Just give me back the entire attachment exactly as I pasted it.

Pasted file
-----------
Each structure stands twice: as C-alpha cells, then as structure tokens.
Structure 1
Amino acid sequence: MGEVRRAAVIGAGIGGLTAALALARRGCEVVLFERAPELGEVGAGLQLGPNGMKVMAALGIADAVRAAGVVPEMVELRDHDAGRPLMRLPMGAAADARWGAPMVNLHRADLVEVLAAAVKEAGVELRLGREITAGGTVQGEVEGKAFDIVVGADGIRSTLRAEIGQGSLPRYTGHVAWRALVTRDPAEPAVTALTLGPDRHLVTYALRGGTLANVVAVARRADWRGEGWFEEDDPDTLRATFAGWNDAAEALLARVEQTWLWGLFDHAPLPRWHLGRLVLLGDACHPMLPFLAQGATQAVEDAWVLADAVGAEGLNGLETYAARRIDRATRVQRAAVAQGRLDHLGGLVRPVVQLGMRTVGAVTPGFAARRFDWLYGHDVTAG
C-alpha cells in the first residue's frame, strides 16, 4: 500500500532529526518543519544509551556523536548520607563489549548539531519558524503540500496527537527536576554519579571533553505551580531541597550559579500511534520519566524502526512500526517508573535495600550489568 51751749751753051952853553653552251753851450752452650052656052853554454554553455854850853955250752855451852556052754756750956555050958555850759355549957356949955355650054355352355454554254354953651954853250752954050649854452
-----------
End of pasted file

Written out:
Each structure stands twice: as C-alpha cells, then as structure tokens.
Structure 1
Amino acid sequence: MGEVRRAAVIGAGIGGLTAALALARRGCEVVLFERAPELGEVGAGLQLGPNGMKVMAALGIADAVRAAGVVPEMVELRDHDAGRPLMRLPMGAAADARWGAPMVNLHRADLVEVLAAAVKEAGVELRLGREITAGGTVQGEVEGKAFDIVVGADGIRSTLRAEIGQGSLPRYTGHVAWRALVTRDPAEPAVTALTLGPDRHLVTYALRGGTLANVVAVARRADWRGEGWFEEDDPDTLRATFAGWNDAAEALLARVEQTWLWGLFDHAPLPRWHLGRLVLLGDACHPMLPFLAQGATQAVEDAWVLADAVGAEGLNGLETYAARRIDRATRVQRAAVAQGRLDHLGGLVRPVVQLGMRTVGAVTPGFAARRFDWLYGHDVTAG
C-alpha cells in the first residue's frame, strides 16, 4: 500500500532529526518543519544509551556523536548520607563489549548539531519558524503540500496527537527536576554519579571533553505551580531541597550559579500511534520519566524502526512500526517508573535495600550489568 51751749751753051952853553653552251753851450752452650052656052853554454554553455854850853955250752855451852556052754756750956555050958555850759355549957356949955355650054355352355454554254354953651954853250752954050649854452